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Vocabulary Building with Picta Dicta

Picta Dicta is an innovative and highly engaging tool for students to build their Latin vocabulary. This program could easily serve as an introduction for young students into the delightful world of Latin. The lessons would also prove a wonderful supplement to any Latin curricula, or even as a summer strengthening program for Latin students. The approach engages students in learning vocabulary through pictures and images rather than the usual vocab word list found in most textbooks. Instead of being shown two words such as vir, viri, m. – man. The students are shown a Latin word connected to a picture.  In some cases, as the students advance, a sentence is included for context.  This is a fabulous way to instill the true meaning of a word as connected to an image or an idea as opposed to another word. For students who are visual learners this can be a powerful tool.  However, the program does not leave it entirely to the student’s intuitive understanding to connect the word to the right idea.  The NOTES tab will still provide a traditional dictionary entry and other helpful information.  When offered the SENTENCES tab will use the word in a Latin sentence to provide context.


Picta Dicta not only builds vocabulary skills by connecting pictures (picta) to written words, but also to words spoken (dicta).  As the images appear on the screen a voice can be heard reading the word or even the sentences.  This is a great tool for the parents who feel anxious about modeling correct Latin pronunciation at home. With this program student and parent can learn together through modeling and repetition.

The more senses students use to learn something, the better they will retain it. Picta Dicta uses visual cues of both written words and pictoral images, the program uses audio cues for them to hear (students would do well to repeat the words they hear form more audio reinforcement), and it uses tactile elements as it requires students to respond to questions they have learned. After learning a specified set of words, the progam will then begin to sollicit responses in a number of ways – clicking on a correct image, fill in the blank (choosing from multiple words), or even typing in a word using the keyboard. A HINT button is always available to give the student a boost. When an error is made the program gently redirects the student to a correct answer and then makes note to quiz that concept again soon.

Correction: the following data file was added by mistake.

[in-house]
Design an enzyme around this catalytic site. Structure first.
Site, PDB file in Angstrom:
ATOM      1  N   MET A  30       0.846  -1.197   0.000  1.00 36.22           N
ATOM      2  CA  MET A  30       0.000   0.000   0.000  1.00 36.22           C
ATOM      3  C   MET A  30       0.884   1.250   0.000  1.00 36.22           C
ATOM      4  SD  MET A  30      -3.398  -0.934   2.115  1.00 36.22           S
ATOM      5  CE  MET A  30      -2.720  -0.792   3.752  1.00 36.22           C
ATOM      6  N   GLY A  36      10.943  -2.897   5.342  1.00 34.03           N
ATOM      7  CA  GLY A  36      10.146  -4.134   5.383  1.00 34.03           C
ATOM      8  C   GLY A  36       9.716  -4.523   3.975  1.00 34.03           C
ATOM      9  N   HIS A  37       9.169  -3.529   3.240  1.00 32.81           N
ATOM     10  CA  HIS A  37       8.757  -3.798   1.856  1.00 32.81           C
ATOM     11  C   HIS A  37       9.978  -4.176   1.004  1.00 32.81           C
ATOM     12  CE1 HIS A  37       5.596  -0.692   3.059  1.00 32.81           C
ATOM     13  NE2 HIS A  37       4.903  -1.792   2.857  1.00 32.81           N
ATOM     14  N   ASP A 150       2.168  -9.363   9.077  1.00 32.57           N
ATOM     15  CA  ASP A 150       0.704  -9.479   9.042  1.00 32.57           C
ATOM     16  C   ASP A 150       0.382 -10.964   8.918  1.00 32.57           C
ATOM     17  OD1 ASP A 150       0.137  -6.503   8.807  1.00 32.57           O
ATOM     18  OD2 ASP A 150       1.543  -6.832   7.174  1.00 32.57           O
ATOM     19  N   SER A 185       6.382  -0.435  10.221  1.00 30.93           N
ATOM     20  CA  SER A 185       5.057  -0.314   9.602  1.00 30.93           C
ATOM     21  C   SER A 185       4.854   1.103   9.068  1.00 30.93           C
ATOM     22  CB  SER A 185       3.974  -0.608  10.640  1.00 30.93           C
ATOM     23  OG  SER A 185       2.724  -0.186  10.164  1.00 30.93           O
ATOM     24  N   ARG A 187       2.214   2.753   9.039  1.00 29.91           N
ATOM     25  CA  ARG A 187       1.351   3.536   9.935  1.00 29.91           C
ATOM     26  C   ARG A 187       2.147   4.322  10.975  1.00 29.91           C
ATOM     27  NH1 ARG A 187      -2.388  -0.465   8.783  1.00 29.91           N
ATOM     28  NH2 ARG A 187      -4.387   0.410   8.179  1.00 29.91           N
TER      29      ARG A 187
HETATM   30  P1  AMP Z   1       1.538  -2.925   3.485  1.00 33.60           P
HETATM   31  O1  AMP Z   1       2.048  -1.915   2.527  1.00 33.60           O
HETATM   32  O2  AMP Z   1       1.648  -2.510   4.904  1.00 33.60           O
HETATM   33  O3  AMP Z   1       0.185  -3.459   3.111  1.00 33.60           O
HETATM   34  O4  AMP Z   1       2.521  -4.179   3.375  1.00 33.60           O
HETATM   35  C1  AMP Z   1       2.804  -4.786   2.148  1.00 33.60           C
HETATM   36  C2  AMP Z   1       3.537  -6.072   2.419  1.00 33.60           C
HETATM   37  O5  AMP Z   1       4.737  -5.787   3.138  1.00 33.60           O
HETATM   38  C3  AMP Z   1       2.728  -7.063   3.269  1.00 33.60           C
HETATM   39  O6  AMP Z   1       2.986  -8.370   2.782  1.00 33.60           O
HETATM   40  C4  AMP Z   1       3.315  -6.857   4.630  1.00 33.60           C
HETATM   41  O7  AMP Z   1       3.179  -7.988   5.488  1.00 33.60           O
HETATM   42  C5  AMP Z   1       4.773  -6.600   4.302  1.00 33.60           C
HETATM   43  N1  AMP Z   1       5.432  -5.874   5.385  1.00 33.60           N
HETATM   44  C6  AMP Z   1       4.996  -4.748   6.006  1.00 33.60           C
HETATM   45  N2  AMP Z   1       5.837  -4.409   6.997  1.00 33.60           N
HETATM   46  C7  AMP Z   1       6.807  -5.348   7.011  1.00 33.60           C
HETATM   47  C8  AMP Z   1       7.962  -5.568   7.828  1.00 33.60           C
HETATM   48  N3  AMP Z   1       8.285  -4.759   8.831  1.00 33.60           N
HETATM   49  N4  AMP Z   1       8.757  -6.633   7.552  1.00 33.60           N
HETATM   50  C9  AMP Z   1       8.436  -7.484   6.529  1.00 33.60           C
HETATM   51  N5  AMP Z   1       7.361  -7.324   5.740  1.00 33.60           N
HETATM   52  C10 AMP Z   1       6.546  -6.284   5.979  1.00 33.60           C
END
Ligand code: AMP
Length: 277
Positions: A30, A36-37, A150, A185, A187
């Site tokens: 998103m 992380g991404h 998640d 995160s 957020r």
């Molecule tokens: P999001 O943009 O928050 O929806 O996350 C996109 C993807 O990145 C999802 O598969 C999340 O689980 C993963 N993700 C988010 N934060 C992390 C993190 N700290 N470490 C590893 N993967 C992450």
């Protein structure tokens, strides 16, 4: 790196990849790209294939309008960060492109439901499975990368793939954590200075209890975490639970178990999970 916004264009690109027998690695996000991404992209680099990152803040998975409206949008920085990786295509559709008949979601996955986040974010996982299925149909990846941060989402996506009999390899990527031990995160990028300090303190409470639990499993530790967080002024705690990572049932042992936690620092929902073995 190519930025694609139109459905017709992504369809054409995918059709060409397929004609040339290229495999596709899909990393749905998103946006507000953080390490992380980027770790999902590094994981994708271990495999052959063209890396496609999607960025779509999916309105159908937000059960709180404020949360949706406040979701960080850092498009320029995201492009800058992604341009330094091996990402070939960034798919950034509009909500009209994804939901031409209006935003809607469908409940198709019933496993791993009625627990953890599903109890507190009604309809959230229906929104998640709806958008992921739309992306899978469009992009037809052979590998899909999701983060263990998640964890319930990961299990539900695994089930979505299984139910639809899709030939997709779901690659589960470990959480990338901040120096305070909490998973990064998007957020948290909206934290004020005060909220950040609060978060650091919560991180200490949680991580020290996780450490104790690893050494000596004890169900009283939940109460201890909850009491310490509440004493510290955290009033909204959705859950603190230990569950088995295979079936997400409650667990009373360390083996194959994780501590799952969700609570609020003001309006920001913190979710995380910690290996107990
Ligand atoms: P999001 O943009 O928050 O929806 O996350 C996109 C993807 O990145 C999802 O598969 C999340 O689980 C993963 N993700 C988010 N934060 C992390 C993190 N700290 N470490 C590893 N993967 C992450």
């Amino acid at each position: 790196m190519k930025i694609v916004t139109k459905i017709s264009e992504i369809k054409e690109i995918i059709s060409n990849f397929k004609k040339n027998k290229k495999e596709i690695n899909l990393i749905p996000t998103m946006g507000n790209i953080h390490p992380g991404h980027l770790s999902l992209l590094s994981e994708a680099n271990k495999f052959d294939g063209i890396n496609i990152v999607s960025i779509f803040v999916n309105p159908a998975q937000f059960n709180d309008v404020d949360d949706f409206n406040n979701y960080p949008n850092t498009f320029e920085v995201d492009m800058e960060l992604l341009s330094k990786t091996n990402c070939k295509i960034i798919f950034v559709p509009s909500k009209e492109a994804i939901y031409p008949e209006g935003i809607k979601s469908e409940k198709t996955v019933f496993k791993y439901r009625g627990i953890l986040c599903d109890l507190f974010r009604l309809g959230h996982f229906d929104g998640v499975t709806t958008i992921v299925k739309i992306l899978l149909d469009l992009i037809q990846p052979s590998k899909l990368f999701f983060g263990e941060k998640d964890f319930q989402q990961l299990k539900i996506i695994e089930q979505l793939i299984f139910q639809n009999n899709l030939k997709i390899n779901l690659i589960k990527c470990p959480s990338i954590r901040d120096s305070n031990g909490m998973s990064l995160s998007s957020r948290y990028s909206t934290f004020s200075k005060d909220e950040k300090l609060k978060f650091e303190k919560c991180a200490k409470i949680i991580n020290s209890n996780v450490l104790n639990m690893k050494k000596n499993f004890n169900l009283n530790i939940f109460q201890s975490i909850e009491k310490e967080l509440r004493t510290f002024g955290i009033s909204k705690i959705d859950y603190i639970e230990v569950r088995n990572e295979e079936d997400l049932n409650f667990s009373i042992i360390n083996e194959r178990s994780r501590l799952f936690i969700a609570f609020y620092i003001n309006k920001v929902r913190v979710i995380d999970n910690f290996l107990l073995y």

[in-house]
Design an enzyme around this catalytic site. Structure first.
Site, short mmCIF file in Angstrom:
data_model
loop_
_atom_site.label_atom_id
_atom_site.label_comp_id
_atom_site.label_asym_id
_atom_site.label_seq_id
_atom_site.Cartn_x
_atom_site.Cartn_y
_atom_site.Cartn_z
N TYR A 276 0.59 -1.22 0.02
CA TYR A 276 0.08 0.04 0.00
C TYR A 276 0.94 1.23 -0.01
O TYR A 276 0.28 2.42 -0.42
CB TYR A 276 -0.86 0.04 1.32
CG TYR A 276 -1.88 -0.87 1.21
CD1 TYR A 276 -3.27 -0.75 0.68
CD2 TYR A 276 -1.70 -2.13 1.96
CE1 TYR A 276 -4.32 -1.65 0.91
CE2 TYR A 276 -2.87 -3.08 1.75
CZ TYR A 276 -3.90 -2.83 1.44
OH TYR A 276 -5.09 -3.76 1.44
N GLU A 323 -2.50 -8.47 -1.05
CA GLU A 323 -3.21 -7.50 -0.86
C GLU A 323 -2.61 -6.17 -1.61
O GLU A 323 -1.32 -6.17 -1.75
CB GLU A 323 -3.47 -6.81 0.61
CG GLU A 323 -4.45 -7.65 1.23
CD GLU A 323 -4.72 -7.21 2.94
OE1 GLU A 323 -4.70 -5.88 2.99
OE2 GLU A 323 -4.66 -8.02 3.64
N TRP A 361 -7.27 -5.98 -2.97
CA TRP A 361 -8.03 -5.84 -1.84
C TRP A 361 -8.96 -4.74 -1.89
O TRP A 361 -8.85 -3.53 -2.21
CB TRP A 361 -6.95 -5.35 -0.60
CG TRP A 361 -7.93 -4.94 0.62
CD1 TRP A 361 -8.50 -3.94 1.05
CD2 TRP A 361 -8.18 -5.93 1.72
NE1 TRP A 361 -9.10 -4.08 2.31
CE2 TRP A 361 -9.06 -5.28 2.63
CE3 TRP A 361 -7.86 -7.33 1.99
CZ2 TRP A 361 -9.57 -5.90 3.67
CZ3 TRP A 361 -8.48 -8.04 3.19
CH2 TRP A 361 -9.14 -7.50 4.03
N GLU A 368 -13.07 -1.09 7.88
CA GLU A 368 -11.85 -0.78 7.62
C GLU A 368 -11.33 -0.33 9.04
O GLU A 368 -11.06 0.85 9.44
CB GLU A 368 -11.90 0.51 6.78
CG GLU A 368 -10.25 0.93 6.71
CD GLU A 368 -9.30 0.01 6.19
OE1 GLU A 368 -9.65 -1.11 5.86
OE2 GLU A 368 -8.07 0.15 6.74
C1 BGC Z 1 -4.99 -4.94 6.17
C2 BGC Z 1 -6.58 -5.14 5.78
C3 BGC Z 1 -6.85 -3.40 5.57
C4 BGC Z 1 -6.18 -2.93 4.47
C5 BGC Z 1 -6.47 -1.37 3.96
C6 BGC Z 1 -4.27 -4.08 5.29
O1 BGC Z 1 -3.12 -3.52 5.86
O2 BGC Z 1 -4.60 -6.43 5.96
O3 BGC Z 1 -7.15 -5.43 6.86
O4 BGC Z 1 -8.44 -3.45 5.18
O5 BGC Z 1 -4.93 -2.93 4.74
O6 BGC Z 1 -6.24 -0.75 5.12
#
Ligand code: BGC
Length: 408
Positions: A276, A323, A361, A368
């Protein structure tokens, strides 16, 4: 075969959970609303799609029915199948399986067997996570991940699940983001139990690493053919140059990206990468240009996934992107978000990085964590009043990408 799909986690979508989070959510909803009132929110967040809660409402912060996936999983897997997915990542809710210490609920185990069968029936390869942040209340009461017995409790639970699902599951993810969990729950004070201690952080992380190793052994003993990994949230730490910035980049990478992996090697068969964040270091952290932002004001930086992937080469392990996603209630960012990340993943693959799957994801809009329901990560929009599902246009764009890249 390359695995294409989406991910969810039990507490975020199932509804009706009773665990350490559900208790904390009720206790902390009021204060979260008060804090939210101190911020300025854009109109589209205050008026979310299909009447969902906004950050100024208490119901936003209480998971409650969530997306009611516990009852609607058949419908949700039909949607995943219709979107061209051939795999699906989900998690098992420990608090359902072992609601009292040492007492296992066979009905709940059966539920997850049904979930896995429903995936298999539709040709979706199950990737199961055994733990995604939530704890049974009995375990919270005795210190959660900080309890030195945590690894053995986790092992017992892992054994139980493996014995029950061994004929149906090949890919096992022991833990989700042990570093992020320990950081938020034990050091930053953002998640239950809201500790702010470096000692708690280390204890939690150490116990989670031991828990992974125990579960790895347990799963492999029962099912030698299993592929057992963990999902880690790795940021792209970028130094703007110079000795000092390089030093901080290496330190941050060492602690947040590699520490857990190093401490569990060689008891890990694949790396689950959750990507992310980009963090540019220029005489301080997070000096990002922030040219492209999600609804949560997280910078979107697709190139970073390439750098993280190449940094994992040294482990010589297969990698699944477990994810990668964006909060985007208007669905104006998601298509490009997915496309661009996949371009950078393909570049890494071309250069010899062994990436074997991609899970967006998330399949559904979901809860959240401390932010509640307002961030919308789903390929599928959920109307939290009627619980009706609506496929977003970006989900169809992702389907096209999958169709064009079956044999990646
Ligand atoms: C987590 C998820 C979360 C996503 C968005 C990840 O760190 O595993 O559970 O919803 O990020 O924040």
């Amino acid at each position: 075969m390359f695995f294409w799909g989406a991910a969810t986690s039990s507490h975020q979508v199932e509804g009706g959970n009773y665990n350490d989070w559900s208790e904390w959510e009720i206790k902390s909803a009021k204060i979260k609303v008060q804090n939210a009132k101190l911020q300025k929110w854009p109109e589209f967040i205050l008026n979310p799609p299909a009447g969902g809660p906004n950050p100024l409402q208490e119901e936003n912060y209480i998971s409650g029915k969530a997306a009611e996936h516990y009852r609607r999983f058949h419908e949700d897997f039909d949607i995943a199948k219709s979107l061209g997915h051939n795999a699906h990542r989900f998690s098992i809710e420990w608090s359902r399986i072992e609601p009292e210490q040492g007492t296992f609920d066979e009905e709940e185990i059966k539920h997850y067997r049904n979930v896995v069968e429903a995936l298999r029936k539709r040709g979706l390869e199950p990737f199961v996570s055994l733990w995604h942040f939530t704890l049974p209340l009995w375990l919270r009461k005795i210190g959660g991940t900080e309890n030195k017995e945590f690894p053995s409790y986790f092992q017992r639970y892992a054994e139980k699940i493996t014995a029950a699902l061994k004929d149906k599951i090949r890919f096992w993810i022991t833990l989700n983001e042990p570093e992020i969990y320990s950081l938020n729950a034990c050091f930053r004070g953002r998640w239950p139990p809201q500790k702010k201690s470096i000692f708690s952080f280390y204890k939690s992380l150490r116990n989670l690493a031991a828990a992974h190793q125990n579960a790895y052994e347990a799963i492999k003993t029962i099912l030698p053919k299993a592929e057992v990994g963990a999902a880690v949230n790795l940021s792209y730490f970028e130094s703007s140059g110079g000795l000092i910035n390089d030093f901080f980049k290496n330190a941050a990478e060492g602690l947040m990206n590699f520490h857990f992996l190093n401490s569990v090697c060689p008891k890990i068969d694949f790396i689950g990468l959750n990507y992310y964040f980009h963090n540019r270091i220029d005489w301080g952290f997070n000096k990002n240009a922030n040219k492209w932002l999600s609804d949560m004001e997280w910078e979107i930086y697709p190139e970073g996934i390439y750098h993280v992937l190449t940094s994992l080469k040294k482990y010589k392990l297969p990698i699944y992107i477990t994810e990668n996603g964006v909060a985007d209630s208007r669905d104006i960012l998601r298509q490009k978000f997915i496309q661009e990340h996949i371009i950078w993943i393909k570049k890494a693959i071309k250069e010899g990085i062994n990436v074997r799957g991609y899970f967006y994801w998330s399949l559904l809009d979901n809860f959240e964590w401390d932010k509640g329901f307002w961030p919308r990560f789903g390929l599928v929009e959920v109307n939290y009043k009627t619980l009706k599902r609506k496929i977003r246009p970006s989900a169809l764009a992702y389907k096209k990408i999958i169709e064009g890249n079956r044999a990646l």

From a teacher perspective this looks like an ingenious idea.  However, I wanted to obtain a student perspective.  There are multiple levels for students in grades K-12. I was able to get a sneak peek at the lower two levels and share them with my own daughter who has just completed the 9th grade. She gave Picta Dicta an enthusiastic two thumbs up.  She looked through a program built around human anatomy.  Some of the words she already knew from her Latin classes, but several words were new to her. She really enjoyed the way the program engaged memory and review by asking questions from several different angles. She found the notes not only helpful, but very interesting as they often give additional insight into eytmology and derivatives. For example the notes tell students that umerus (meaning shoulder or upper arm) is also the funny bone – a “fun” play on the word humorous (humerus).  My daughter happens to be a gifted artist. As such, visual learning suits her very well.  Another feature that she really appreciated as a student is the built in accountability feature. Picta Dicta uses Cerego, a brilliant memory program. Parents can see how Cerego tracks the words that students have successfully learned, those that are weak, and those they labels as “fading” because it has been a while since the student reviewed them. As the program tracks a student’s progress, it will bring up words needed for review. Cerego will also send friendly email reminders to students that it is time to get back in the game in order to continue to build vocabulary skills.

Overall I think this is a truly brilliant program for building Latin vocabulary in a highly engaging and enjoyable manner for students of varying ages and ability levels.  I am often asked for ideas to keep Latin fresh over summer break or for tools to help build vocabulary in general, PICTA DICTA will be my new answer for such questions.

You can sign up for Picta Dicta at

For another great site for interactive games and visual learning visit the post on Headventureland.

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